Psychology, Professional

Date of Paper/Work

Summer 7-30-2019

Degree Name

Doctor of Psychology (Psy.D.)

Type of Paper/Work



Lenny Jennings


Wisdom is an elusive concept scholars, philosophers, theologians, and the public have sought to understand for centuries. While some features consistently define wisdom (e.g. prosocial attitudes and behaviors, social decision making/pragmatic knowledge of life, reflection/self-understanding, and dealing effectively with uncertainty; Meeks & Jeste, 2009), “there is still considerable fuzziness and debate about what exactly the construct of wisdom refers to” (Walsh, 2015, p. 278). Elsewhere, several qualitative studies identified common characteristics of master therapists, sufficient to constitute a qualitative meta analysis (e.g. distinctive clinical abilities, professional development, relational orientation, cognitive complexity, pursuit of deep self-knowledge; Jennings et al., 2016). The present study sought synthesis between these two lines of inquiry by investigating wisdom-related concepts in a qualitative meta analysis of the master therapist literature. Results identified strong overlap between wisdom and master therapist characteristics yielding four categories, 10 subcategories (themes), and two emergent themes. The four major categories were (1) Relationship, (2) Use of Self, (3) Leaning into Ambiguity, and (4) Knowledge. The two emergent themes were an insatiable hunger for learning and commitment to growth and personal and professional life experience. The author discussed implications for research, practice, and training. Humility is theorized to play an important role in wisdom and master therapist growth.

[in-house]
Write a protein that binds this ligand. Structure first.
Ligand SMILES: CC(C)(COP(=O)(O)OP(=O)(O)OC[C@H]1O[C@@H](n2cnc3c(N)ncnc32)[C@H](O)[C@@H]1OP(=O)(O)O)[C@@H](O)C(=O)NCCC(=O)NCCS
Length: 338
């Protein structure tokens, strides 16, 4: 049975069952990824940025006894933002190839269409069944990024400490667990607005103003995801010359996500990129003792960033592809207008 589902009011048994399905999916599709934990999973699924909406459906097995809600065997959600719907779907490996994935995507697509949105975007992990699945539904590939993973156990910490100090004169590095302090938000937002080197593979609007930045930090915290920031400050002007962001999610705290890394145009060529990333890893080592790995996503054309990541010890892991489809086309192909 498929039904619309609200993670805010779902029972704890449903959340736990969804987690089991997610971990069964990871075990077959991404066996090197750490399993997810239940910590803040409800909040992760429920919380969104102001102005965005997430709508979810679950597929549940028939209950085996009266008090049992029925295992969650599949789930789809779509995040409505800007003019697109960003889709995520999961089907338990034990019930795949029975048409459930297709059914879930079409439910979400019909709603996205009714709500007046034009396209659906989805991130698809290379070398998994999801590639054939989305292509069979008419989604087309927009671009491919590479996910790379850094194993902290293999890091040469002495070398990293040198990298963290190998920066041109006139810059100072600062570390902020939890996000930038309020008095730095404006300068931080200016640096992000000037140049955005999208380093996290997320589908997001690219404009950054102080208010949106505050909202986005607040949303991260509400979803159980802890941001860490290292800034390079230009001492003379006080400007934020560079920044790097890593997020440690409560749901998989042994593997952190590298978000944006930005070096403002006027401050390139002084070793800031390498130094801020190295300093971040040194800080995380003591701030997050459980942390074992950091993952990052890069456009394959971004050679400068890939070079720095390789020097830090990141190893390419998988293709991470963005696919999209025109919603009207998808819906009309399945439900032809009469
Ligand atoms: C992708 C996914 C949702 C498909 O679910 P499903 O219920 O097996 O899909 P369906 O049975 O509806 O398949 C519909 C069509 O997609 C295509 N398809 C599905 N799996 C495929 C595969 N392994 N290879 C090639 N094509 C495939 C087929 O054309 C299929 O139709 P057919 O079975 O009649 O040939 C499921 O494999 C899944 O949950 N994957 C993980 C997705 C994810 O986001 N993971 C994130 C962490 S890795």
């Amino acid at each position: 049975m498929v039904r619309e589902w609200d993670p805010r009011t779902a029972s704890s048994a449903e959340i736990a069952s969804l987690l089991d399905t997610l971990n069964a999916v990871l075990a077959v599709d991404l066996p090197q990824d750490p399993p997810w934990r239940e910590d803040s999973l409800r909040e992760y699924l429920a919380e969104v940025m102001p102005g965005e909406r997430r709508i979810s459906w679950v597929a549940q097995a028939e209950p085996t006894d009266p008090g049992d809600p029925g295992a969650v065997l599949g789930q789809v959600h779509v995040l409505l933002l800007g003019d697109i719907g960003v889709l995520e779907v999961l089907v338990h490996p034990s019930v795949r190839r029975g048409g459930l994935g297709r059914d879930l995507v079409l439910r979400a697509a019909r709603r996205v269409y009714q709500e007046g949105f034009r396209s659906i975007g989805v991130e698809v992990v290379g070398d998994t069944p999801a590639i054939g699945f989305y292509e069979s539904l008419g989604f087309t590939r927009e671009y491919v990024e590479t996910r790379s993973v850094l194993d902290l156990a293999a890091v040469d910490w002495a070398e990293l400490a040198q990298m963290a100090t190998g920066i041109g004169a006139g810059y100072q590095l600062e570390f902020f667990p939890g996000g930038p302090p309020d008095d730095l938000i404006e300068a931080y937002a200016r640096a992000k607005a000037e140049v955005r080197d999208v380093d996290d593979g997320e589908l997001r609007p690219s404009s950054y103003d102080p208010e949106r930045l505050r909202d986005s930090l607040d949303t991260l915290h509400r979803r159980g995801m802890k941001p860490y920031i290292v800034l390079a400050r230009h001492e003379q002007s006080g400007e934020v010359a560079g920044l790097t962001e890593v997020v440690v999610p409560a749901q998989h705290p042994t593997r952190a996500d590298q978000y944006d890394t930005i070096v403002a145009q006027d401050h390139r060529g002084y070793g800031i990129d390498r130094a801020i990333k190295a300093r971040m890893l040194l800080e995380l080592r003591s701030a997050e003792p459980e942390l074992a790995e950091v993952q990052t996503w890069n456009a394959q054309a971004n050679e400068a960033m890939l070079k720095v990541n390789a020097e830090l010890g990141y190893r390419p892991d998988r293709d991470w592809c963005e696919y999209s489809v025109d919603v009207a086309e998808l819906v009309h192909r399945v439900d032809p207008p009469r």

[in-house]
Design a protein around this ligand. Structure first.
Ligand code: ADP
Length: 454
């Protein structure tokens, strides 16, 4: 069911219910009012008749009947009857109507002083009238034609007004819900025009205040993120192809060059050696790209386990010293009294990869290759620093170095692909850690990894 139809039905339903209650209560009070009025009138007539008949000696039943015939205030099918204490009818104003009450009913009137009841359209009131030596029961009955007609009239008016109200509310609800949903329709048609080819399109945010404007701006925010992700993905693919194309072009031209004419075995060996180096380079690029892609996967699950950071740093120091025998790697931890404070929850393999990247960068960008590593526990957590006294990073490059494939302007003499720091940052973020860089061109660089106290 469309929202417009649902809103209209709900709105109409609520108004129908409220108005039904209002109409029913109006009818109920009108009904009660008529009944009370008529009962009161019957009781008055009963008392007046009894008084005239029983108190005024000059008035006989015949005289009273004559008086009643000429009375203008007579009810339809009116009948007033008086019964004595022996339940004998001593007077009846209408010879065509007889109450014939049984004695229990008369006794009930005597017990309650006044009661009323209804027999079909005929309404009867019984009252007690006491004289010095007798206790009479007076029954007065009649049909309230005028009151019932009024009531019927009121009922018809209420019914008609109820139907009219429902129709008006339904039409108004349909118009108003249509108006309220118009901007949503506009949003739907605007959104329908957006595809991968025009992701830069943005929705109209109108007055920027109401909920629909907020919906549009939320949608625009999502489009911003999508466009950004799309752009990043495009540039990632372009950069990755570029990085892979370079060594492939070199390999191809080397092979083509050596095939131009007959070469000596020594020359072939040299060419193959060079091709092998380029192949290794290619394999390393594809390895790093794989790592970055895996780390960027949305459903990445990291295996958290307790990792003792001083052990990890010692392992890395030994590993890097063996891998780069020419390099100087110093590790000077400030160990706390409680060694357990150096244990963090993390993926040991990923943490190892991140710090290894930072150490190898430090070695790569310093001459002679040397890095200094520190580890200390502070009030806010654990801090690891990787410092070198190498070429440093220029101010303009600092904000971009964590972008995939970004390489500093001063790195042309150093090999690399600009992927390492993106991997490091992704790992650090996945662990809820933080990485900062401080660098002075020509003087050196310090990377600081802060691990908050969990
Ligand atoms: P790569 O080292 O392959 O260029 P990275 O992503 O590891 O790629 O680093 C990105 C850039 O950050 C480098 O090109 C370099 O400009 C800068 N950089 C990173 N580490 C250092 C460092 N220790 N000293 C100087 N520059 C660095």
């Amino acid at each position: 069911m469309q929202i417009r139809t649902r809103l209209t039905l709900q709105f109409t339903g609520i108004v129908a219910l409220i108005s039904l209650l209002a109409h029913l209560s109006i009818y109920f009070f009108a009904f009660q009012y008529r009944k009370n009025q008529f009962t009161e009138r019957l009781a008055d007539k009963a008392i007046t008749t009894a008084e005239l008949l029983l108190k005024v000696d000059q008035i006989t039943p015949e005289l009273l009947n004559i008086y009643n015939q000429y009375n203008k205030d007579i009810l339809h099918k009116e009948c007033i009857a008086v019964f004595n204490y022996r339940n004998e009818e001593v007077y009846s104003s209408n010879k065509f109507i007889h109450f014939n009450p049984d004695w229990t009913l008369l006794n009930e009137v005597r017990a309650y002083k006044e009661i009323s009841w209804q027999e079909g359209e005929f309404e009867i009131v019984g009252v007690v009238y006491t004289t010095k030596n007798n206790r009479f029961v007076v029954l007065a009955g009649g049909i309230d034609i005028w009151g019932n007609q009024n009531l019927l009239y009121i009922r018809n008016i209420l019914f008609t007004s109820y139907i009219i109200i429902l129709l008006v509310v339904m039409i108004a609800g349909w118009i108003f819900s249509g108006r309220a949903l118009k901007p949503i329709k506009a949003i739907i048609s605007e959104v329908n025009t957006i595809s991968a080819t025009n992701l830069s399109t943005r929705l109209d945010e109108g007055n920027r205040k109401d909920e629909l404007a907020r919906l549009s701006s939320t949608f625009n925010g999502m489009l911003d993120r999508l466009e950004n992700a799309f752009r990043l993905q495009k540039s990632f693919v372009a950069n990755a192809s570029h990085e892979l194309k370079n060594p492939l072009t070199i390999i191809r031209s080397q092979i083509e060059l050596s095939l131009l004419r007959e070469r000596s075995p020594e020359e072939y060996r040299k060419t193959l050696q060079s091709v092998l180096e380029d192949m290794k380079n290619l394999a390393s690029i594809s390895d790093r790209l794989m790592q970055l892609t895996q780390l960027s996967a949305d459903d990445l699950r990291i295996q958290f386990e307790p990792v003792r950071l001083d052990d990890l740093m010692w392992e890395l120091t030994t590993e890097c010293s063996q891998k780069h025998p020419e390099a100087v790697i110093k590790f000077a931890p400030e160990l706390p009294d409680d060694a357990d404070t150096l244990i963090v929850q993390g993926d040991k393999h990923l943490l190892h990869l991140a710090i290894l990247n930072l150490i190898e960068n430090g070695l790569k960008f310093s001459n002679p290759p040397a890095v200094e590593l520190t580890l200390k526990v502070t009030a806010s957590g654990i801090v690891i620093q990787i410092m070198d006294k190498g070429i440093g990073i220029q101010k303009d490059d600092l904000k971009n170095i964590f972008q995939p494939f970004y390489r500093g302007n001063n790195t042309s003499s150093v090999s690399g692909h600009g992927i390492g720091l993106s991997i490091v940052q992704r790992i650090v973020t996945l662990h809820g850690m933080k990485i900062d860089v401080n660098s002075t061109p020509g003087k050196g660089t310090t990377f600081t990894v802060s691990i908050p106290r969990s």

Creative Commons License

Creative Commons Attribution 4.0 International License
This work is licensed under a Creative Commons Attribution 4.0 International License.